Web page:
Trading in a used car to a dealership is the easiest way to pass it off for an upgrade. The process is much simpler than finding a buyer and selling it yourself, but there are some guidelines you should follow to maximize the dealer’s offer. Follow along for our tips on how to trade in a car:
Prep the Car
Before taking your car to the dealer, proceed as if you were going to sell it and thoroughly clean it to eliminate any dirty marks, stains and odors. After it’s in a good hygienic state, tend to any minor problems you can fix yourself such as low fluid levels, busted lights, buffable scratches or low tire pressure. Leave any major work for the dealer to handle -- more serious problems will negatively impact your car’s trade-in value, but the repair costs are more likely than not to outweigh the added value.
Gather the Car’s Documents and Accessories
Once the car is prepped, organize all the important documents you’ll need to transfer ownership to the dealer. These include the title, registration information and any service records that show the car has been properly maintained while in your possession. Additionally, remember to bring along all spare keys, key fobs and any other important accessories.
Find Out How Much the Car Is Worth
It’s important to understand your car’s trade-in value before you visit the dealer in order to have a sense of the offer you’ll get, especially if you’re relying on its value to decrease the cost of a new car. Be sure to check its Black Book value, which is calculated by analyzing the prices dealers are paying at auction for similar vehicles. This should give you a good starting point for your negotiations, but keep in mind that negative factors like mechanical problems, body damage or signs of poor maintenance will lower this opening figure.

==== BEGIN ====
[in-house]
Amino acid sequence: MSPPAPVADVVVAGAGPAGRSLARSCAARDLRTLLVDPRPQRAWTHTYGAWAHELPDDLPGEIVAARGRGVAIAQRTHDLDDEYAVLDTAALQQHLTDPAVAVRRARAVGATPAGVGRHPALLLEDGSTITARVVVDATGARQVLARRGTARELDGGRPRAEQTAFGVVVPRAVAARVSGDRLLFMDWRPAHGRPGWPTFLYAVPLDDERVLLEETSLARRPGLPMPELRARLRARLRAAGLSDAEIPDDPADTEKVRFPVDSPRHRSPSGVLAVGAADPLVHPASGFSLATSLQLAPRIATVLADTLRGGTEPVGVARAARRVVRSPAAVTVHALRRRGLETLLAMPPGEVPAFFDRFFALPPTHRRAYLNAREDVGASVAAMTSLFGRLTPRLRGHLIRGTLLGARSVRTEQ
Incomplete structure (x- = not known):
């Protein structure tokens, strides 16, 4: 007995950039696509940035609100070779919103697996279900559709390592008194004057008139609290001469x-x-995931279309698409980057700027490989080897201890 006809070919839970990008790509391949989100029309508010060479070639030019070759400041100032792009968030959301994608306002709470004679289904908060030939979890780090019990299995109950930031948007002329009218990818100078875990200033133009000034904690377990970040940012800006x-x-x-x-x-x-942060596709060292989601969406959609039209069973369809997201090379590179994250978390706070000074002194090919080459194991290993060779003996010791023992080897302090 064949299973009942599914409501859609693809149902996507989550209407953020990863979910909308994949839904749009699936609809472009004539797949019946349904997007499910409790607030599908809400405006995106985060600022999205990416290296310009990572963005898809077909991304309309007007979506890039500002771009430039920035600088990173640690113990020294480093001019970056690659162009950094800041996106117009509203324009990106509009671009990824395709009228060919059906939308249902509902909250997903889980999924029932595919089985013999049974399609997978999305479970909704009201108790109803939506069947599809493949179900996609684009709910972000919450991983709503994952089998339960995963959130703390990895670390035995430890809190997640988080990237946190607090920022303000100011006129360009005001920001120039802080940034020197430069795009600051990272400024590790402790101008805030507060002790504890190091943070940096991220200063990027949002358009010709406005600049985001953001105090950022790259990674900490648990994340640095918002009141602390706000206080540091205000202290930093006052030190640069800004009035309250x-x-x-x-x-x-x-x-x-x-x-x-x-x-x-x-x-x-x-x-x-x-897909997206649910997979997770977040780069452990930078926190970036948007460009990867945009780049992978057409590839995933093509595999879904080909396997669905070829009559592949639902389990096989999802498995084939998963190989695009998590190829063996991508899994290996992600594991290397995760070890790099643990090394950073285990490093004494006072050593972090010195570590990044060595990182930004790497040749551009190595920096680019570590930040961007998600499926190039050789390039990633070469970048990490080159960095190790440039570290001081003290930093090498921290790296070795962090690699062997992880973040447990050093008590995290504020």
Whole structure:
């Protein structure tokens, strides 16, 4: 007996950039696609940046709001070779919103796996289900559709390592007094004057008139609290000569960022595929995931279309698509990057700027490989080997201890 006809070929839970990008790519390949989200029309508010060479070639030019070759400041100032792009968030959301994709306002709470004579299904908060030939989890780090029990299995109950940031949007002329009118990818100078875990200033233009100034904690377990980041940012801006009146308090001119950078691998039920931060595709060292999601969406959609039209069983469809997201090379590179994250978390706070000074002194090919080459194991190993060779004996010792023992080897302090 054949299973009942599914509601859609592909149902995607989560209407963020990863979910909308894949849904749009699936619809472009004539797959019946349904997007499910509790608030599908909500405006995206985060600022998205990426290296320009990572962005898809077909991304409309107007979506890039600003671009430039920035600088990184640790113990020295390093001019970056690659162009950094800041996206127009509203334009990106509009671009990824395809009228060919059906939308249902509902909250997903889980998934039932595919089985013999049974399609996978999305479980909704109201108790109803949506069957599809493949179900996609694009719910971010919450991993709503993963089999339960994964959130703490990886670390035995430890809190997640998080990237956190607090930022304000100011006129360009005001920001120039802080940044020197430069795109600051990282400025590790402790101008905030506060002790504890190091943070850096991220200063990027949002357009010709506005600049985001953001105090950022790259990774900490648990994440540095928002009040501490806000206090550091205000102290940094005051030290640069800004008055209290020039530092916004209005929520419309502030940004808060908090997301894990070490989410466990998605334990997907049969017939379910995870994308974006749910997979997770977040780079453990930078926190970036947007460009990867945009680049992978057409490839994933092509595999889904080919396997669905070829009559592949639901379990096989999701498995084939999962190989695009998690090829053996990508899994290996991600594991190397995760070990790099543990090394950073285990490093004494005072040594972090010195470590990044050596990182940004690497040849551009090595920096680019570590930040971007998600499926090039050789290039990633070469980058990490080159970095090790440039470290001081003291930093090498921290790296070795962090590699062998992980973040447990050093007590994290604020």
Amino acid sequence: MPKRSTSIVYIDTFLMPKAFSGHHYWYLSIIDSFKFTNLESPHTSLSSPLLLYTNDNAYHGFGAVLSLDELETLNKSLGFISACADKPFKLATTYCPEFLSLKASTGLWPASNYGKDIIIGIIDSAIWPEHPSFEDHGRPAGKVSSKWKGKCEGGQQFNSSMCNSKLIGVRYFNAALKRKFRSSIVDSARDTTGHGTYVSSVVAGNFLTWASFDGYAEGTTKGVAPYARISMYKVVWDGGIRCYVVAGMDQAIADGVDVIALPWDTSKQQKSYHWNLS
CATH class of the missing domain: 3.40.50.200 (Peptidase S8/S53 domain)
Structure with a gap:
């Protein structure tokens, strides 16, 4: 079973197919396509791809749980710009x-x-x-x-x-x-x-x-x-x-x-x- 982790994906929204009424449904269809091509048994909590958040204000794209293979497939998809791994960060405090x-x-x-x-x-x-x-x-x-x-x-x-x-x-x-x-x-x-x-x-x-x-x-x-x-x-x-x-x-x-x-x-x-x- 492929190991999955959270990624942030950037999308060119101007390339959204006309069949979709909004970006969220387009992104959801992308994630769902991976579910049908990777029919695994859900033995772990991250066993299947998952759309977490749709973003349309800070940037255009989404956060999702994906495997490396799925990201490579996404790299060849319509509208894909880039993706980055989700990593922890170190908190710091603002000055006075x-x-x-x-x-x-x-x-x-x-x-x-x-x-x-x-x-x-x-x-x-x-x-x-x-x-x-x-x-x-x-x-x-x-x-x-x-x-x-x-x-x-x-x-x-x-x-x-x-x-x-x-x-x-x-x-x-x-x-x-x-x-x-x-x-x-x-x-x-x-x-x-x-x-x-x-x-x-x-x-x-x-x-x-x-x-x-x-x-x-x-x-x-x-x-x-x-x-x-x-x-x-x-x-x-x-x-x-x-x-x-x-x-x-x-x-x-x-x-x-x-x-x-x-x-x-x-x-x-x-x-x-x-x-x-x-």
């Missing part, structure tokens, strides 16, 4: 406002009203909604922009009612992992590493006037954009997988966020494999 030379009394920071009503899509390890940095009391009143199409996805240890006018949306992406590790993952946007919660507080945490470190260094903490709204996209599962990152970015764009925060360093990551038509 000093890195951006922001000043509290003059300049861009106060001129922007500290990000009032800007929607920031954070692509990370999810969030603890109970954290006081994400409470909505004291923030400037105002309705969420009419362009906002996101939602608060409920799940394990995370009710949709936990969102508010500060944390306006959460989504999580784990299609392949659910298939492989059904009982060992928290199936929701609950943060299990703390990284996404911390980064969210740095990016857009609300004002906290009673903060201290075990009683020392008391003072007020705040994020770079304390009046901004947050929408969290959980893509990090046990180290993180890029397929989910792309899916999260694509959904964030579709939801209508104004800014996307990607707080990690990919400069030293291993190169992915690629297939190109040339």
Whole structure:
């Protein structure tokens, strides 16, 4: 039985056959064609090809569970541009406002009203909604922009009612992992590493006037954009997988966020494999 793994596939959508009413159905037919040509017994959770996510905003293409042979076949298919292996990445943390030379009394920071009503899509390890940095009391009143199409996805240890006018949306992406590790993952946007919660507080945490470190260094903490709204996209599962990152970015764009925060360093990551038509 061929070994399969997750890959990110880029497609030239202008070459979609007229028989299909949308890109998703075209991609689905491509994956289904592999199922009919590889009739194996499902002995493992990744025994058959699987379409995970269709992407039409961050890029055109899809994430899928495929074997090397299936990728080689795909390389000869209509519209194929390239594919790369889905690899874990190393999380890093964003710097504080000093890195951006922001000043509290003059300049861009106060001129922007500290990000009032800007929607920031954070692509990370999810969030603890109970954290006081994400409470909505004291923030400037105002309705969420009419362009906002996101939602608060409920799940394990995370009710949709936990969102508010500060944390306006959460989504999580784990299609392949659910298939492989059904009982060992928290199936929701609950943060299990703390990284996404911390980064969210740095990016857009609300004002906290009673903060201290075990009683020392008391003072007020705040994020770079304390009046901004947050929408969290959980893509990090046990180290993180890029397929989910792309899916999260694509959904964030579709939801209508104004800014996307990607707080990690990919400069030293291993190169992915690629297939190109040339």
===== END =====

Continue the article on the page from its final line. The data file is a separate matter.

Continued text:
In some states, trading-in will allow you subtract the older car’s value from the price of its replacement, decreasing the sales tax you pay, a major advantage. In this case, you’re bound to trade-in where you buy new rather than selling to a different dealership, but you should consider the entire transaction as negotiable and insist on a fair trade-in value.
Visit the Dealership
After you’ve researched your car’s value, head to the dealership with all the items you organized earlier and let the salesperson know you’re looking to trade in your vehicle. He or she will do a quick visual inspection, then run the vehicle identification number through a historical database and possibly have the service department do a more thorough inspection to test its mechanical functionality. Some dealers may even have an employee take it for a test drive.
Get an Offer
Following your car’s examination, a salesperson will give you an offer. The offer will be based on the Black Book value you researched earlier, but could also be affected by your vehicle’s condition, the number of repairs it needs or how many cars similar to it the dealer already has on the lot.
Offers from multiple dealers may not be drastically different from one another because they’re all operating within the same market, but shopping around is still something you should consider if you’re in a state where there’s no tax advantage to combining the transaction. Interest in your car, and how much you’re offered for it, depends on whether the dealership believes it can make money by reselling it, and that assessment varies from one shop to the next. Depending on the discrepancies, you can potentially use a collection of offers in your negotiations with each individual dealer.
Complete the Paperwork
The trade-in culminates with the transactional paperwork after you’ve accepted an offer. If you fully own the vehicle, it’ll be a fairly simple process of transferring the title to the dealership and receiving your payment, or using the offer to reduce the cost of a vehicle purchase if you found a car you want at that particular dealership.
If you still owe money on the car, the dealer will have to wait for your lienholder to transfer the title before finishing the trade-in. And, if the offer you accepted is less than the balance on your loan, you’ll have to pay the difference out of pocket. You can avoid this unfortunate situation on your next vehicle purchase by maximizing your down payment and limiting the length of your loan to 48 months or less.